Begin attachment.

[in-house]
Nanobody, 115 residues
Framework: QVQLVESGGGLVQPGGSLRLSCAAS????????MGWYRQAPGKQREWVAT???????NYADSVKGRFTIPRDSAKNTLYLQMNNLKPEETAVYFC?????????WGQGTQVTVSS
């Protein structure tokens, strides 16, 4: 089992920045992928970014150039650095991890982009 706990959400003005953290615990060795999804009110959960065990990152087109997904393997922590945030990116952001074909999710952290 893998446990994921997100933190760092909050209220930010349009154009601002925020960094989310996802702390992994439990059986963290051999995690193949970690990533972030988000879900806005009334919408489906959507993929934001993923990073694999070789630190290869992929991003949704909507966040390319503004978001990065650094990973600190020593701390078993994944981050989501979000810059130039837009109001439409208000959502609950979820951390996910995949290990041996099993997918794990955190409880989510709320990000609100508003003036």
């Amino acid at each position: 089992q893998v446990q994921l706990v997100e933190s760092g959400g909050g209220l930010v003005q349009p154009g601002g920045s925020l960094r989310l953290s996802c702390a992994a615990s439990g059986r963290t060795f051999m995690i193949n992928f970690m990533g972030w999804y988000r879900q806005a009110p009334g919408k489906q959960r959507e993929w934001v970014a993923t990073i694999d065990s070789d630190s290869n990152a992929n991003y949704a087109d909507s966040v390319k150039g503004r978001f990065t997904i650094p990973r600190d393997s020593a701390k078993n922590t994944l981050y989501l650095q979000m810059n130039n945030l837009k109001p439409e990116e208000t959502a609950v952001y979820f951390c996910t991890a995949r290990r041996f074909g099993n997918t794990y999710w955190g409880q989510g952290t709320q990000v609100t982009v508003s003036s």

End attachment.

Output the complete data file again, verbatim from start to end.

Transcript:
[in-house]
Nanobody, 115 residues
Framework: QVQLVESGGGLVQPGGSLRLSCAAS????????MGWYRQAPGKQREWVAT???????NYADSVKGRFTIPRDSAKNTLYLQMNNLKPEETAVYFC?????????WGQGTQVTVSS
């Protein structure tokens, strides 16, 4: 089992920045992928970014150039650095991890982009 706990959400003005953290615990060795999804009110959960065990990152087109997904393997922590945030990116952001074909999710952290 893998446990994921997100933190760092909050209220930010349009154009601002925020960094989310996802702390992994439990059986963290051999995690193949970690990533972030988000879900806005009334919408489906959507993929934001993923990073694999070789630190290869992929991003949704909507966040390319503004978001990065650094990973600190020593701390078993994944981050989501979000810059130039837009109001439409208000959502609950979820951390996910995949290990041996099993997918794990955190409880989510709320990000609100508003003036």
């Amino acid at each position: 089992q893998v446990q994921l706990v997100e933190s760092g959400g909050g209220l930010v003005q349009p154009g601002g920045s925020l960094r989310l953290s996802c702390a992994a615990s439990g059986r963290t060795f051999m995690i193949n992928f970690m990533g972030w999804y988000r879900q806005a009110p009334g919408k489906q959960r959507e993929w934001v970014a993923t990073i694999d065990s070789d630190s290869n990152a992929n991003y949704a087109d909507s966040v390319k150039g503004r978001f990065t997904i650094p990973r600190d393997s020593a701390k078993n922590t994944l981050y989501l650095q979000m810059n130039n945030l837009k109001p439409e990116e208000t959502a609950v952001y979820f951390c996910t991890a995949r290990r041996f074909g099993n997918t794990y999710w955190g409880q989510g952290t709320q990000v609100t982009v508003s003036s």